Hesse: Threats of the nth degree

by ChessBase
2/5/2016 – Averbakh called them "threats of the 1st degree" – moves which directly and bluntly threaten to bring about a concrete mate or the win of material. 2nd degree threats are moves which are intended to enable threats of the 1st degree. And so it continues, recursively. In his wonderfully entertaining book Joys of Chess Prof. Christian Hesse goes all the way to threats of the 5th degree.

ChessBase 17 - Mega package - Edition 2024 ChessBase 17 - Mega package - Edition 2024

It is the program of choice for anyone who loves the game and wants to know more about it. Start your personal success story with ChessBase and enjoy the game even more.


Threats of the nth degree

By Prof. Christian Hesse

The success of a threat or of a counter-measure is based almost exclusively on a correct evaluation of the other person’s concept of reality. That means on my correct estimation of what he will do about it, because he works out what I might do about it, because I have considered... etc. – Paul Watzlawick: Wie wirklich ist die Wirklichkeit (How real is real?)

We humans can in principle soar to rather complex degrees: I assume that you are wondering if I realise how difficult it is for you to be sure that you understand if I intend to say that you could recognise that I believe you would like me to explain that most of us can only manage as far as the fifth or sixth step. – Daniel Dennett: Intentional Systems

There are moves which directly and bluntly threaten to bring about a concrete threat – perhaps mate or the win of material. In his book Chess tactics for advanced players Averbakh described these as threats of the 1st degree. 2nd degree threats are moves which are intended to enable threats of the 1st degree. And so it continues recursively. Threats of the 3rd degree are those moves which are intended to enable threats of the 2nd degree, etc.

As a simple primer, let us enjoy the following position, which is the starting point for threats of various degrees. It is a snapshot from the game B. Katalymov-E. Mnatsakanian, USSR 1959:

From a purely visual point of view, Black’s king appears to be in some sort of danger. But White has to transform this instinctive feeling into a tangible plan. There exists in 1.Qf8+ a simple threat of the 1st degree. But the f6 rook is protecting the square on the back rank and thus preventing this check. The threat of the 2nd degree consists of 1.Bh6 and carrying it out activates the threat of the 1st degree, because after ...Rxh6 the f8-square is no longer under the surveillance of the rook.

But the 1st degree threat is not yet convincing, because Black has in his hands the defence ...Bg8, which will prevent it being carried out. A further enhancement is required: a threat of the 3rd degree, which is the now decisive 1.Rd7!! Carrying it out makes possible the carrying out of the threat of the 2nd degree, which in its turn enables the threat of the 1st degree and finally wins the game: 1...Bxd7, and the bishop can no longer interpose itself on g8. Then comes 2.Bh6!!, which makes the threat of the first degree playable, since either 2...Rxh6 3.Qf8# or 2...gxh6 3.Qxf6+ Kg8 4.Qf7+ Kh8 5.Qf8# must happen. 1-0. A combination with a preface. And with a preface to the preface.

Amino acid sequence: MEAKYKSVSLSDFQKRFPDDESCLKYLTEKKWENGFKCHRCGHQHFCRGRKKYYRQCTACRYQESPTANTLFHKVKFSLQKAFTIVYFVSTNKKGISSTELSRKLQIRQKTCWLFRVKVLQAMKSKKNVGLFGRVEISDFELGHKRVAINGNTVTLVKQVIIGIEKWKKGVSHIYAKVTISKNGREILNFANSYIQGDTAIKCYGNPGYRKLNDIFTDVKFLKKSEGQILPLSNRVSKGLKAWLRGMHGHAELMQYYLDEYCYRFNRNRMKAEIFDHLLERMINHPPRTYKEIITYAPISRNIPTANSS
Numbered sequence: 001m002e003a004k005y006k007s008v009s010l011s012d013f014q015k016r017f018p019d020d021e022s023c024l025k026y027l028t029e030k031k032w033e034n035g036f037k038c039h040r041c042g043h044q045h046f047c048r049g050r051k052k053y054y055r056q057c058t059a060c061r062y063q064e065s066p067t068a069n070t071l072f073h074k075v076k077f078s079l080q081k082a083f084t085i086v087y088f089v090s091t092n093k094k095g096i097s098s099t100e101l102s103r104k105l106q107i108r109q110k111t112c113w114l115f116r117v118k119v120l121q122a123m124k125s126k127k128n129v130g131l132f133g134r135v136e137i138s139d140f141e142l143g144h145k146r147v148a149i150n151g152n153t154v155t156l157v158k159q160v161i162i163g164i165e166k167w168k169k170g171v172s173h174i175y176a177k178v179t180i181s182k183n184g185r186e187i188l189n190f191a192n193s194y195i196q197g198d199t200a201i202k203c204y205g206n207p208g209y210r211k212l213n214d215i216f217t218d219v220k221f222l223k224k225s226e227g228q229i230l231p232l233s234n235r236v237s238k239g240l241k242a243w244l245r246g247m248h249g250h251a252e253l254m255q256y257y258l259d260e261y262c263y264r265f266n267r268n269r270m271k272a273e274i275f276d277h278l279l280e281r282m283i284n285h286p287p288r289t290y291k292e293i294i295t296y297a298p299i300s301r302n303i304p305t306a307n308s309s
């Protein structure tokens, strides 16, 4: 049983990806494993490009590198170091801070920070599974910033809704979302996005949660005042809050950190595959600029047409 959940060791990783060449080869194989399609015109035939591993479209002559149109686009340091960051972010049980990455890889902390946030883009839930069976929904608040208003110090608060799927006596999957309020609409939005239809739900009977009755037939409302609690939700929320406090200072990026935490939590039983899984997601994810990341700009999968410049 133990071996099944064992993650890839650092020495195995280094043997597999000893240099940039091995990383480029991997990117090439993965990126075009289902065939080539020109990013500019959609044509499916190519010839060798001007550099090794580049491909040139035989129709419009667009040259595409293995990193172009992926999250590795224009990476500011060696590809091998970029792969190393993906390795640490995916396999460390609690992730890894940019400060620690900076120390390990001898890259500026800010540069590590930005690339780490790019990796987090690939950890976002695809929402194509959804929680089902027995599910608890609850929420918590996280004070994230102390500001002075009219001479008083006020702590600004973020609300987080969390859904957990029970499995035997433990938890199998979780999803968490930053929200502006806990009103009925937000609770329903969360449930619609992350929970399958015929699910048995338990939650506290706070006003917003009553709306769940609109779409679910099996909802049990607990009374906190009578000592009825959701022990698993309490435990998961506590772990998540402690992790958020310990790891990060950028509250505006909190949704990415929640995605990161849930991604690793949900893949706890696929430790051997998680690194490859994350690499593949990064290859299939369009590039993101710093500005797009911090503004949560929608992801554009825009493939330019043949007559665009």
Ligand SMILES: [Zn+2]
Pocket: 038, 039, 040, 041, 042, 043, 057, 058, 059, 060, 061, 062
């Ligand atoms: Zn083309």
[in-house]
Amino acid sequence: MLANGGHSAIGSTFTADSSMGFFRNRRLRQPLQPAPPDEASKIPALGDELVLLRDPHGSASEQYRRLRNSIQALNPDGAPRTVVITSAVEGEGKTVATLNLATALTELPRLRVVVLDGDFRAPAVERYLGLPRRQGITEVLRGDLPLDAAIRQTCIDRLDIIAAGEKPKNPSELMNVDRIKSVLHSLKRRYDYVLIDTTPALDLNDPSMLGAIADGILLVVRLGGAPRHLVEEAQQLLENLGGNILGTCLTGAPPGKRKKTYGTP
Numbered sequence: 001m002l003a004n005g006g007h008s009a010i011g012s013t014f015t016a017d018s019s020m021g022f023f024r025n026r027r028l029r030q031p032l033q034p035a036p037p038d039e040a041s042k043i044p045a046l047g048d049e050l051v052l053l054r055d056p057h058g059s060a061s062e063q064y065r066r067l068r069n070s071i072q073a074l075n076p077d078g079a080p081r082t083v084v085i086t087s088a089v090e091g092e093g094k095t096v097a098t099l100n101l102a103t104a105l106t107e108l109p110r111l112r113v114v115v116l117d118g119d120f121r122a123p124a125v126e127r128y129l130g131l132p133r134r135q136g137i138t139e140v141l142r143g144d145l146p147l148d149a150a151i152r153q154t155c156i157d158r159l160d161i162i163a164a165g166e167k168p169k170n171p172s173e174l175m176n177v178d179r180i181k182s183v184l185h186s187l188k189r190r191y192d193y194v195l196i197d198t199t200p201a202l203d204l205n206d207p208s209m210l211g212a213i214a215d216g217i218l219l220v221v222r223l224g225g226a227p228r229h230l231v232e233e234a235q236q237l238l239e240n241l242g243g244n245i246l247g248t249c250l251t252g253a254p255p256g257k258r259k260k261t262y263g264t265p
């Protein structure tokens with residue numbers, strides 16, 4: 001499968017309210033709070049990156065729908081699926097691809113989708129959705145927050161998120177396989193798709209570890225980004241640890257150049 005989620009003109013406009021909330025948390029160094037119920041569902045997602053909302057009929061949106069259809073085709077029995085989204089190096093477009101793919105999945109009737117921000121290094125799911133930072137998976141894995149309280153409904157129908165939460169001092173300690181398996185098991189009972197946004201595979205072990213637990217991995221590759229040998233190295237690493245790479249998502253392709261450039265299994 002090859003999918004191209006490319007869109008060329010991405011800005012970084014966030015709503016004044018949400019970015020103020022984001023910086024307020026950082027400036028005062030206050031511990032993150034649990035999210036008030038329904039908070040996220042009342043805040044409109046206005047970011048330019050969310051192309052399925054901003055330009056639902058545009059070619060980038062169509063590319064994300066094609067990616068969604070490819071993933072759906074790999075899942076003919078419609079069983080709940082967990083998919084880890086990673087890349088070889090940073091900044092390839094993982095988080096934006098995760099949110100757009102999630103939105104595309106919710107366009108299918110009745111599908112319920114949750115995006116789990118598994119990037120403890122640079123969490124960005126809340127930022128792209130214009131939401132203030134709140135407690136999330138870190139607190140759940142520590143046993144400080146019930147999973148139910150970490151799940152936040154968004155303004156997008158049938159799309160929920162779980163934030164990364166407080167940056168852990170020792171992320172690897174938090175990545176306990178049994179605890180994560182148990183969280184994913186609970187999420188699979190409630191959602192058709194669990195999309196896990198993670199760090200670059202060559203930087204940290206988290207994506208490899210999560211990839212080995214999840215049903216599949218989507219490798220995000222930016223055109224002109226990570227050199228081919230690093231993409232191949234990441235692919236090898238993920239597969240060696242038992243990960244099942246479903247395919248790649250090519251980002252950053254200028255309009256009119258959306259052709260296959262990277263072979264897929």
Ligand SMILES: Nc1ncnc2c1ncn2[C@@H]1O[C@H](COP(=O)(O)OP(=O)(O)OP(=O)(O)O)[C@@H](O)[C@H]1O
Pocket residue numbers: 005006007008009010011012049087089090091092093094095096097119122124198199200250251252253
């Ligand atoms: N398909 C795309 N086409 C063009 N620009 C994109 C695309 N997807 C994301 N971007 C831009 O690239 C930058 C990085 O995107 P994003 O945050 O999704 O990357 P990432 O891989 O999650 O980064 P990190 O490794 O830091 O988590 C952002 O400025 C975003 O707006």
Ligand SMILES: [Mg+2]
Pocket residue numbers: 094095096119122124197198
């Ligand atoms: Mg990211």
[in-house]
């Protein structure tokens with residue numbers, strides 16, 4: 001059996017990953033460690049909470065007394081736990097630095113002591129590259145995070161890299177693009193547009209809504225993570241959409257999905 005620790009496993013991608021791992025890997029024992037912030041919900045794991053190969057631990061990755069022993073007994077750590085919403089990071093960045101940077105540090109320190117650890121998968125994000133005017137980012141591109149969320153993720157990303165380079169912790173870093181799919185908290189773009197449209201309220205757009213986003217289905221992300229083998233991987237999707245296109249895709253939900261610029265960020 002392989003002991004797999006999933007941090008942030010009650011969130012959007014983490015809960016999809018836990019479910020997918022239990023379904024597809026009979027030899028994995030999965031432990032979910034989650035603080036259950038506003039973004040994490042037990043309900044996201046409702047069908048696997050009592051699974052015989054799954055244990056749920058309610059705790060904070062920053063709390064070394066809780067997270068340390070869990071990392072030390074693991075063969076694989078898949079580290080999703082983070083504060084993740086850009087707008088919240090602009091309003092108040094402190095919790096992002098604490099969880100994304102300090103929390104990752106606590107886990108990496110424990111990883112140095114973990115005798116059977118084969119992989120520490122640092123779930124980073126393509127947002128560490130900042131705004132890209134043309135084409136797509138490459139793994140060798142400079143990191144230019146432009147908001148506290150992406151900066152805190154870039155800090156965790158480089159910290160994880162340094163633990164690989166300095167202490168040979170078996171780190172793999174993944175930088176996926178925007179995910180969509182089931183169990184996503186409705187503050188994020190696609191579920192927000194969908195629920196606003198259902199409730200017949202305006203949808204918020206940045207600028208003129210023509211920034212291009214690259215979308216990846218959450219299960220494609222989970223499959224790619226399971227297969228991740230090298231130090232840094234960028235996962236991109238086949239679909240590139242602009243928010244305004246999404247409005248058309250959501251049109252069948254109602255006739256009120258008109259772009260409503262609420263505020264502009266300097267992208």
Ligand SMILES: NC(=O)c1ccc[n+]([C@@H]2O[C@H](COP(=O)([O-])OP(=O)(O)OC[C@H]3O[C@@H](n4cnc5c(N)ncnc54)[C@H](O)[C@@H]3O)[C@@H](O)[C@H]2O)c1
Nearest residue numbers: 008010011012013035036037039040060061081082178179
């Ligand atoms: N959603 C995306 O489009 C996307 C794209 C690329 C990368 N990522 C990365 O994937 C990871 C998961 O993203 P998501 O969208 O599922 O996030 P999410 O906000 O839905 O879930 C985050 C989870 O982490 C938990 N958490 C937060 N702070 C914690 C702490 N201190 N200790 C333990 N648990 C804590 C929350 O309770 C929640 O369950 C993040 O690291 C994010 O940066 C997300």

[Event "USSR"] [Site "?"] [Date "1958.??.??"] [Round "?"] [White "Katalymov, B."] [Black "Mnatsakanian, E."] [Result "1-0"] [SetUp "1"] [FEN "1rq1B2k/2p1Q1pp/pb2br2/5p2/5B2/6P1/5P1P/3RR1K1 w - - 0 1"] [PlyCount "5"] [EventDate "1958.??.??"] [SourceDate "2016.02.05"] 1. Rd7 $3 Bxd7 2. Bh6 $3 Rxh6 (2... gxh6 3. Qxf6+ Kg8 4. Qf7+ Kh8 5. Qf8#) 3. Qf8# 1-0

Let us now turn to the realms of chess art.

S. Eisert & H. Rehm, 1995

White to move and mate in 6 moves
This problem has as a pretty motif a threat of the 3rd degree.

The primary threat consists of 1.Nxd5, which, when combined with 2.Nxe7# or with 2.N3b4+ Rxb4 3.Nxb4# would in each case force mate. 1...Rxd5 cannot serve as a defence, since 2.Rf8 and 3.Rc8# lead to mate. But 1.Nxd5 fails to 1...b4!. The secondary threat seeks to prevent this with the knight sacrifice 1.Nb4+, but after 1...Rxb4 the main threat 2.Nxd5? is now refuted by 2...Re4!. So to get rid of this new obstacle, a threat of the third degree is required, to first of all push away the influential black rook: 1.h3!! Ra4 2.Rf4 d4, and we have reached the following position:

And White has achieved his goal of the 3rd degree. Now the threats involved in degrees 1 and 2 can take effect according to plan: 3.Nb4+ Rxb4 4.Nd5 Rxd5 5.Rf8 and then 6.Rc8#.

[Event "?"] [Site "?"] [Date "1995.??.??"] [Round "?"] [White "Eisert/Rehm, S/H."] [Black "Mate in six"] [Result "1-0"] [SetUp "1"] [FEN "1K4B1/B1Npp3/P1kp2pn/1p1p2r1/6r1/2pN4/5R1P/8 w - - 0 1"] [PlyCount "11"] [EventDate "1995.??.??"] [SourceDate "2016.02.05"] 1. h3 $3 (1. Nxd5 b4 $1 (1... Rxd5 2. Nb4+ (2. Rf8 b4) 2... Rxb4 3. Rf8 Nxg8 4. Rc8#)) (1. Nb4+ Rxb4 2. Nxd5 Re4 $1) 1... Ra4 2. Rf4 d4 3. Nb4+ Rxb4 4. Nd5 Rxd5 5. Rf8 Nxg8 6. Rc8# 1-0

Our next position shows an artistically orchestrated masterpiece in which White, in order to meet continually fresh obstacles, has to find more and more threats, going as far as the 5th degree: